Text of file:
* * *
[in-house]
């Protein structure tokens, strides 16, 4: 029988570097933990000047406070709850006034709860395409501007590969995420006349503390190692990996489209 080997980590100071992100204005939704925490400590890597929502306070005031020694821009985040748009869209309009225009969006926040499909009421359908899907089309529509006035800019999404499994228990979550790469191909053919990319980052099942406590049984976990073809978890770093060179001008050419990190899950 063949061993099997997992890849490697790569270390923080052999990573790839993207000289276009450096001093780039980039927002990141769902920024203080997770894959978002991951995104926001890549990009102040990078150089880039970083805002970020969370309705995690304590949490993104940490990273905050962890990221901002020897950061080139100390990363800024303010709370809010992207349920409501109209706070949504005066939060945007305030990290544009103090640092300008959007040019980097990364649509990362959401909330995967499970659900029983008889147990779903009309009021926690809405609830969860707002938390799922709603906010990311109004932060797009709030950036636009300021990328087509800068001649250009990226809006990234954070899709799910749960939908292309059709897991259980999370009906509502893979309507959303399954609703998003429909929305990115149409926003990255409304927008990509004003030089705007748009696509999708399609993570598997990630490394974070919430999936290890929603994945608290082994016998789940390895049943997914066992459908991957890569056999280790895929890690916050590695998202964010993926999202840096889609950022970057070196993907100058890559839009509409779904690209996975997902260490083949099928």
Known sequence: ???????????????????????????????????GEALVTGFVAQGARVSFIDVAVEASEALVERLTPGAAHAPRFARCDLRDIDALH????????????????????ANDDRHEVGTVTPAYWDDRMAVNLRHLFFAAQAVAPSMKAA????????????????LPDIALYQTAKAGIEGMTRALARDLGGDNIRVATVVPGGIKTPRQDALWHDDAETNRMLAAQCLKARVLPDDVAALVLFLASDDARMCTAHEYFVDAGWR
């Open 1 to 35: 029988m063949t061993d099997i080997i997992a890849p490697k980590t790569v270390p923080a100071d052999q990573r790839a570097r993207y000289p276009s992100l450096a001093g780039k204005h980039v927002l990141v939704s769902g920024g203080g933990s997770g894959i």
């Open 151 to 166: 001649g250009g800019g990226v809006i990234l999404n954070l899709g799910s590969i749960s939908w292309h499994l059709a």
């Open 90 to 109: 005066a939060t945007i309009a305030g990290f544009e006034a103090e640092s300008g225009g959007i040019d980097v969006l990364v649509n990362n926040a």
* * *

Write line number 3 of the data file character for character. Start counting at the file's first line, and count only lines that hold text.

Known sequence: ???????????????????????????????????GEALVTGFVAQGARVSFIDVAVEASEALVERLTPGAAHAPRFARCDLRDIDALH????????????????????ANDDRHEVGTVTPAYWDDRMAVNLRHLFFAAQAVAPSMKAA????????????????LPDIALYQTAKAGIEGMTRALARDLGGDNIRVATVVPGGIKTPRQDALWHDDAETNRMLAAQCLKARVLPDDVAALVLFLASDDARMCTAHEYFVDAGWR